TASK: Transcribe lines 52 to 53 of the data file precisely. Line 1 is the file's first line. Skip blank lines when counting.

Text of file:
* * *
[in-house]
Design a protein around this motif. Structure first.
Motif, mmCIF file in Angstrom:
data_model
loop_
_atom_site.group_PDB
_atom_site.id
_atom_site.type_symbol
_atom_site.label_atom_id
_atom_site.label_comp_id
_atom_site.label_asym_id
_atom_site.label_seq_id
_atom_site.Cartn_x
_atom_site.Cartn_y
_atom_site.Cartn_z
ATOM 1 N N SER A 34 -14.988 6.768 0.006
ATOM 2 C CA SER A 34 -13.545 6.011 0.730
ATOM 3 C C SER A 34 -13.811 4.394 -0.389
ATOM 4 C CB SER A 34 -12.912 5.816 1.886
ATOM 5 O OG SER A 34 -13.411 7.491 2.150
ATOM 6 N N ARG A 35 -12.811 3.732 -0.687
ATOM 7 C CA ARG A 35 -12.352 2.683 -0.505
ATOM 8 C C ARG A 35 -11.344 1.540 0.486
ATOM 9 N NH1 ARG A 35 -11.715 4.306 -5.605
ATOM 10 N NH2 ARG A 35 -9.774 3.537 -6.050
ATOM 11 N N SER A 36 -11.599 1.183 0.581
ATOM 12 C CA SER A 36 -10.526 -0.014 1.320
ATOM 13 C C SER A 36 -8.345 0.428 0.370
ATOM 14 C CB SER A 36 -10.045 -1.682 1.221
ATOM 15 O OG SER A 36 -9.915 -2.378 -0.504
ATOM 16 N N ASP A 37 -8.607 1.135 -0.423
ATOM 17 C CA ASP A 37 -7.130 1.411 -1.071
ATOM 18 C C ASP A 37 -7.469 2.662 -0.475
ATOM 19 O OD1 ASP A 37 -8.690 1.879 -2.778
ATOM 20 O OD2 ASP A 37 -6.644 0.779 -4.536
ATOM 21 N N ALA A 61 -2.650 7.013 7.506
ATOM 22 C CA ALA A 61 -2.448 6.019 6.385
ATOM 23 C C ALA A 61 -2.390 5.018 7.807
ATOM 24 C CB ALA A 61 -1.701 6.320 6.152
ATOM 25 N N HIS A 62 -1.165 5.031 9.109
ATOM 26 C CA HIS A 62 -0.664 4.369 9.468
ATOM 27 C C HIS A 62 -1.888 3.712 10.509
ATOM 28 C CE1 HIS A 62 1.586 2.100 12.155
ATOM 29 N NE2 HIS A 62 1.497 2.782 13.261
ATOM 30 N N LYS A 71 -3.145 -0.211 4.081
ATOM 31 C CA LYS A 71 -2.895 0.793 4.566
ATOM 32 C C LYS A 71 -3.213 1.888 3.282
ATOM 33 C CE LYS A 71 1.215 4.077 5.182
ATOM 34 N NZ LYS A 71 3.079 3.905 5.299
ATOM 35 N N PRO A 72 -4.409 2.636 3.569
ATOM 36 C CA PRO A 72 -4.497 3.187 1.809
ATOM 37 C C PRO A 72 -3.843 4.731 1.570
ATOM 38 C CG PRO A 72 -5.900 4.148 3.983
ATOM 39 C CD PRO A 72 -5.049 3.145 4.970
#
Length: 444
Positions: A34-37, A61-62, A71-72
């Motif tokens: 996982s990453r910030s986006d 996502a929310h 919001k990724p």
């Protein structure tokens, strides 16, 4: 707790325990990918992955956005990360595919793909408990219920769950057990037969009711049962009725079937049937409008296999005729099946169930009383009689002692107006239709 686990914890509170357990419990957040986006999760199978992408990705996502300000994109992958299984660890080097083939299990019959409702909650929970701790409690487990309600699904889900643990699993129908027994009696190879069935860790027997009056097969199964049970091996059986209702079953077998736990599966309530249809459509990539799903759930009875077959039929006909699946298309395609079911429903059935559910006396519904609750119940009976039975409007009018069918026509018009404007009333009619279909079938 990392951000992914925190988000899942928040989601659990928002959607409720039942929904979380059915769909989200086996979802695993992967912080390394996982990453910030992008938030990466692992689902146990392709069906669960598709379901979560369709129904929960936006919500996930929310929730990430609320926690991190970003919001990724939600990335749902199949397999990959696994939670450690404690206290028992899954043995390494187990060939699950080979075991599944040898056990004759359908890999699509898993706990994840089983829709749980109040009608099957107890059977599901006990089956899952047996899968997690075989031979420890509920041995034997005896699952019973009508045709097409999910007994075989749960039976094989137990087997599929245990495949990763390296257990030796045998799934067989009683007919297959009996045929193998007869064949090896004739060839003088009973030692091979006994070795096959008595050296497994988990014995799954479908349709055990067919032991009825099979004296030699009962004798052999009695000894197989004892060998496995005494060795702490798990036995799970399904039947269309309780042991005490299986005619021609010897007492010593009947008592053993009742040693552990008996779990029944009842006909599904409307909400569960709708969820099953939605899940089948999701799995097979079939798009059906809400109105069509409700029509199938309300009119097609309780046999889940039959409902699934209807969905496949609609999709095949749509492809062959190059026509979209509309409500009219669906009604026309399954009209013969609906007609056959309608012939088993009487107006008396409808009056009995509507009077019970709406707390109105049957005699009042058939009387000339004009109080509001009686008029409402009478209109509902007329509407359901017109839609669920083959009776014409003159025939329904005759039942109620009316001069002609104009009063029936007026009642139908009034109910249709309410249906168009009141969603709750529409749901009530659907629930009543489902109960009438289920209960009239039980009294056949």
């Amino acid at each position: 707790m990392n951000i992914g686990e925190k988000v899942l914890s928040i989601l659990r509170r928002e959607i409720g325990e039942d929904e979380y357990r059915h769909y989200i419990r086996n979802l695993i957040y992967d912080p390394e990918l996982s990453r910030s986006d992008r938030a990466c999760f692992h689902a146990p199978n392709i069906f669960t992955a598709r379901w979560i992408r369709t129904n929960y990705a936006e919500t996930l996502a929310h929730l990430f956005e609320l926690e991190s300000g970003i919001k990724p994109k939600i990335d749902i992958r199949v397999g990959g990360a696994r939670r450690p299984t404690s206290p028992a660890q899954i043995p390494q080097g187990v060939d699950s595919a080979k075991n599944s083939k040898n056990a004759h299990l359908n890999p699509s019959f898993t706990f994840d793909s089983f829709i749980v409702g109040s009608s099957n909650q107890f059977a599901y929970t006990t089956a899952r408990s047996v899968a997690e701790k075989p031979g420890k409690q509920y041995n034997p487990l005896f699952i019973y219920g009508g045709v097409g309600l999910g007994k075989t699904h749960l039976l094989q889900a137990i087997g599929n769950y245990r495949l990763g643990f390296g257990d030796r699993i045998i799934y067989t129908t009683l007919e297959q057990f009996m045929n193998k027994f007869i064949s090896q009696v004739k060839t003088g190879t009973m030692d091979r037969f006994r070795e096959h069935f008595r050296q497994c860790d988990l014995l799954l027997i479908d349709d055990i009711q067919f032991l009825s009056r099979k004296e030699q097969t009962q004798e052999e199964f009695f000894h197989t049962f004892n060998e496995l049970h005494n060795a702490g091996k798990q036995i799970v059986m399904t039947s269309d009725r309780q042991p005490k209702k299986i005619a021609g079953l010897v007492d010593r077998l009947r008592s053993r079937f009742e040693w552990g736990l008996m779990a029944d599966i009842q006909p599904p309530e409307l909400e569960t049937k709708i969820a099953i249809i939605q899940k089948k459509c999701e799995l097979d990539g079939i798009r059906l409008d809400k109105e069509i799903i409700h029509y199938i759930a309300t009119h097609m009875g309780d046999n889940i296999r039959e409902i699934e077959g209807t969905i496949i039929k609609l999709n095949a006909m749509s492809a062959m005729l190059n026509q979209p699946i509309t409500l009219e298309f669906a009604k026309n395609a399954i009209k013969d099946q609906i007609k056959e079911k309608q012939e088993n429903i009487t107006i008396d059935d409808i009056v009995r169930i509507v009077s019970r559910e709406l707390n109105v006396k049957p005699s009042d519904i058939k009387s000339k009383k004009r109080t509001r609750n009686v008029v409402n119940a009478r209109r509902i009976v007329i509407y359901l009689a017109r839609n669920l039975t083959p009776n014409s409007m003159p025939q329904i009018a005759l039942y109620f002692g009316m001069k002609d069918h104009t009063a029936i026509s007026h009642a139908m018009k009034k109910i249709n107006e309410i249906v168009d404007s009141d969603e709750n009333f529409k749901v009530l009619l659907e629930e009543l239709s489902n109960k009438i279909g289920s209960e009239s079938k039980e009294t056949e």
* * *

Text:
ATOM 37 C C PRO A 72 -3.843 4.731 1.570
ATOM 38 C CG PRO A 72 -5.900 4.148 3.983